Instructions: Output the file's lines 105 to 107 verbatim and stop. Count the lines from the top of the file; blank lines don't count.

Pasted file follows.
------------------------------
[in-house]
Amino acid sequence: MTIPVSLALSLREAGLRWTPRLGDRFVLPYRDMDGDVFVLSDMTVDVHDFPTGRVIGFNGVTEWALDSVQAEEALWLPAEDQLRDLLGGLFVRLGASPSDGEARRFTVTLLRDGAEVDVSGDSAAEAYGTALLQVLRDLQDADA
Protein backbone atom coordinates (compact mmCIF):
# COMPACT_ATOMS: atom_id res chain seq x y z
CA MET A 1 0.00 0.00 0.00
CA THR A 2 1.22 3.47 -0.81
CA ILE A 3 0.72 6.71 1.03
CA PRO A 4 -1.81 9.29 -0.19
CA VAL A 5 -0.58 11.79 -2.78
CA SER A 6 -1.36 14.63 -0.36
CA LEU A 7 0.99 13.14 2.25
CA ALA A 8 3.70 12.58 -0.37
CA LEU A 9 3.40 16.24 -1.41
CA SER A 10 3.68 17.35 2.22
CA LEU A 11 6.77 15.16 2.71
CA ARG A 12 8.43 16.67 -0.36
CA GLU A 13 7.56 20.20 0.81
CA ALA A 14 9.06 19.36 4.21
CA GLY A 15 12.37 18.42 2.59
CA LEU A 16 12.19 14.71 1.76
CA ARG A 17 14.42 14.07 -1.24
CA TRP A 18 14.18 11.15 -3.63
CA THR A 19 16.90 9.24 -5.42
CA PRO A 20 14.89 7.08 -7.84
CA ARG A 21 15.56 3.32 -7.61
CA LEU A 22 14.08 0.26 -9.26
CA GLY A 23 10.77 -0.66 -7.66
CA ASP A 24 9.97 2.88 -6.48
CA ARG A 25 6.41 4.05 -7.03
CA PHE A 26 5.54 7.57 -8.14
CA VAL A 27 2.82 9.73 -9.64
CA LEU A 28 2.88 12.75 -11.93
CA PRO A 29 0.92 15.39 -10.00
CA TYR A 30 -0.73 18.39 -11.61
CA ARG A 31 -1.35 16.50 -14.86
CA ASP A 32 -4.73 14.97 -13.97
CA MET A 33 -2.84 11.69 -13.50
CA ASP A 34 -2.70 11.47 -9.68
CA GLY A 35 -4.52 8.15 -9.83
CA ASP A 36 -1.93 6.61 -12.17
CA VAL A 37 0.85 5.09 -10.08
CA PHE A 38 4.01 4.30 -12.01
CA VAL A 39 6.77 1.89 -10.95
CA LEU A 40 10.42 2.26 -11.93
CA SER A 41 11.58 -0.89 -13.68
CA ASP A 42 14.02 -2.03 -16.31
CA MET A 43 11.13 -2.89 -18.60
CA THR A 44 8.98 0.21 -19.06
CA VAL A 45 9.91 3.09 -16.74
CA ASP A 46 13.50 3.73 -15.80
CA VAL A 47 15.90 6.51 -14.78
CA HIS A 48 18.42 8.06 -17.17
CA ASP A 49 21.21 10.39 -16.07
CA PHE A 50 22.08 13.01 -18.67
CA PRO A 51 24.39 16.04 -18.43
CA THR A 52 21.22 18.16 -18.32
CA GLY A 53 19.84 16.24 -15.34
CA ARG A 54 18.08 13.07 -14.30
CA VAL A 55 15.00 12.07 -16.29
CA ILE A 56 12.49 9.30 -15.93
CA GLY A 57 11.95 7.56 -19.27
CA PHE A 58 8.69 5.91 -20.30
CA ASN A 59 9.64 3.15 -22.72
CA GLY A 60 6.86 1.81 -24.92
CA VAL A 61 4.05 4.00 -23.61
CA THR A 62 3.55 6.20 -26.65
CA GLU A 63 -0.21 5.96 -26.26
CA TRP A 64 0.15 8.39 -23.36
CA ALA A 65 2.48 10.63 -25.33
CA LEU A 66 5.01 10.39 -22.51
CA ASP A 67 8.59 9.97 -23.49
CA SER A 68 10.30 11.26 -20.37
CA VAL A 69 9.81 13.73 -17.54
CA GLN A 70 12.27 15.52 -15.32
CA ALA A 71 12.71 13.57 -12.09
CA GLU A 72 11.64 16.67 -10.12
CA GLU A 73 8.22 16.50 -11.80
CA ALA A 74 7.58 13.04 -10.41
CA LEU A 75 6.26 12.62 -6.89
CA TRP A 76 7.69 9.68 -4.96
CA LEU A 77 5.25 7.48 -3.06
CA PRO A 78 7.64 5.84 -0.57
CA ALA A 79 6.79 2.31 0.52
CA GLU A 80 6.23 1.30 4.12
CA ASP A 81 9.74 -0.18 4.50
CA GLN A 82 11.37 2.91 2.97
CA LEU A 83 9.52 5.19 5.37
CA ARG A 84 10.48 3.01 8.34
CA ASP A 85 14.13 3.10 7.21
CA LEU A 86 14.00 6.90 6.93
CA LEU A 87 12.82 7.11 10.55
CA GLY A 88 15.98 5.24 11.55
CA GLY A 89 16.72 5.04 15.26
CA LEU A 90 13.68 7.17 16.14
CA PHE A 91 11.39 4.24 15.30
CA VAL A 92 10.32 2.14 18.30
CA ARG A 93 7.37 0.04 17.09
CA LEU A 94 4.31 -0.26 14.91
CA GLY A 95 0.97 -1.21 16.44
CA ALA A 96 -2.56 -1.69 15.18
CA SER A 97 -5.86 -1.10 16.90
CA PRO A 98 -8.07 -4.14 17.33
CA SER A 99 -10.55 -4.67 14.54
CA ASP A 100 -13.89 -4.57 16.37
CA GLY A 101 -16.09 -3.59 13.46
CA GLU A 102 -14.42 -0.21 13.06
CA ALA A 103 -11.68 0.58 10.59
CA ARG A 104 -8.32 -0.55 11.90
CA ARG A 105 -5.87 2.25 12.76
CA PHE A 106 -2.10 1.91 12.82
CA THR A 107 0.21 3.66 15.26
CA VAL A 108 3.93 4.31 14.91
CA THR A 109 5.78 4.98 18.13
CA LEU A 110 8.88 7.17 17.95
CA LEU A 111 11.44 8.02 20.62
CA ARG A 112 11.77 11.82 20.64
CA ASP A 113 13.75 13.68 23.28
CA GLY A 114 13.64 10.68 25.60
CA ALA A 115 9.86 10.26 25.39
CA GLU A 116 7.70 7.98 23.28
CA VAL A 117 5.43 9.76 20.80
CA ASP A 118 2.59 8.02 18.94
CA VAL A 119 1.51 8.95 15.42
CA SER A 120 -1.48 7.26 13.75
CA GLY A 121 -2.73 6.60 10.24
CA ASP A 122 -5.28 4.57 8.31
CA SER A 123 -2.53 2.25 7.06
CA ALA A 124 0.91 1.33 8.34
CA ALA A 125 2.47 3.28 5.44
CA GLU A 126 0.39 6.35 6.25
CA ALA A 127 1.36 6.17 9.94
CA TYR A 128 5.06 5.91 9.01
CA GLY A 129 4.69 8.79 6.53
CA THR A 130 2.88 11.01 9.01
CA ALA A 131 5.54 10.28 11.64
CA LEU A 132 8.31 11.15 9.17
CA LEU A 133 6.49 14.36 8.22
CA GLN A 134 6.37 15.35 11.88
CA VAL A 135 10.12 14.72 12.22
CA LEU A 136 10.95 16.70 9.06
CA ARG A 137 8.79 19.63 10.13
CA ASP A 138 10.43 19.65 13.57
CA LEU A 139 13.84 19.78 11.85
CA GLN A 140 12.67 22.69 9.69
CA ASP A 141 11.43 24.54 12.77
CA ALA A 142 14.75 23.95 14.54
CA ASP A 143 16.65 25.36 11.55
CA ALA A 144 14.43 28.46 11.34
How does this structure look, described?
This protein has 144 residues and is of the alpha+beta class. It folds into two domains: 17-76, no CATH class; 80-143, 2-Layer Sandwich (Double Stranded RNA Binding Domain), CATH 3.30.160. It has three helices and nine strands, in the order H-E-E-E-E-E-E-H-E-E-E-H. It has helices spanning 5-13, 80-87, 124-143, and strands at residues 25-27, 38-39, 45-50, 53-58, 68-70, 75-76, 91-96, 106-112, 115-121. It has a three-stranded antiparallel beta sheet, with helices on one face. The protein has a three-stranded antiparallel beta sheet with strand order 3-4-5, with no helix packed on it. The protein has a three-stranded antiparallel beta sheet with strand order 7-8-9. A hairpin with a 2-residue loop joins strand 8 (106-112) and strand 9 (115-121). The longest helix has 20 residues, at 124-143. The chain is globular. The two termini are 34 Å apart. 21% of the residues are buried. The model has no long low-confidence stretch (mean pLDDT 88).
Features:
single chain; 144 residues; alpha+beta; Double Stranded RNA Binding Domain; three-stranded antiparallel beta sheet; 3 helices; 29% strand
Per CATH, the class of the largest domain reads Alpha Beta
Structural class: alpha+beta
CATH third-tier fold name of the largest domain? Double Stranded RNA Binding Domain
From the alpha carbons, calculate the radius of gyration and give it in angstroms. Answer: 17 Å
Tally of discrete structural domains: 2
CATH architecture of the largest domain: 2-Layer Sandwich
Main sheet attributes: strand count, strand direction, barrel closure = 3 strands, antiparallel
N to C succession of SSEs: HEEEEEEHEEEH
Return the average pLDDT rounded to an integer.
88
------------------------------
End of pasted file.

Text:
CA GLY A 101 -16.09 -3.59 13.46
CA GLU A 102 -14.42 -0.21 13.06
CA ALA A 103 -11.68 0.58 10.59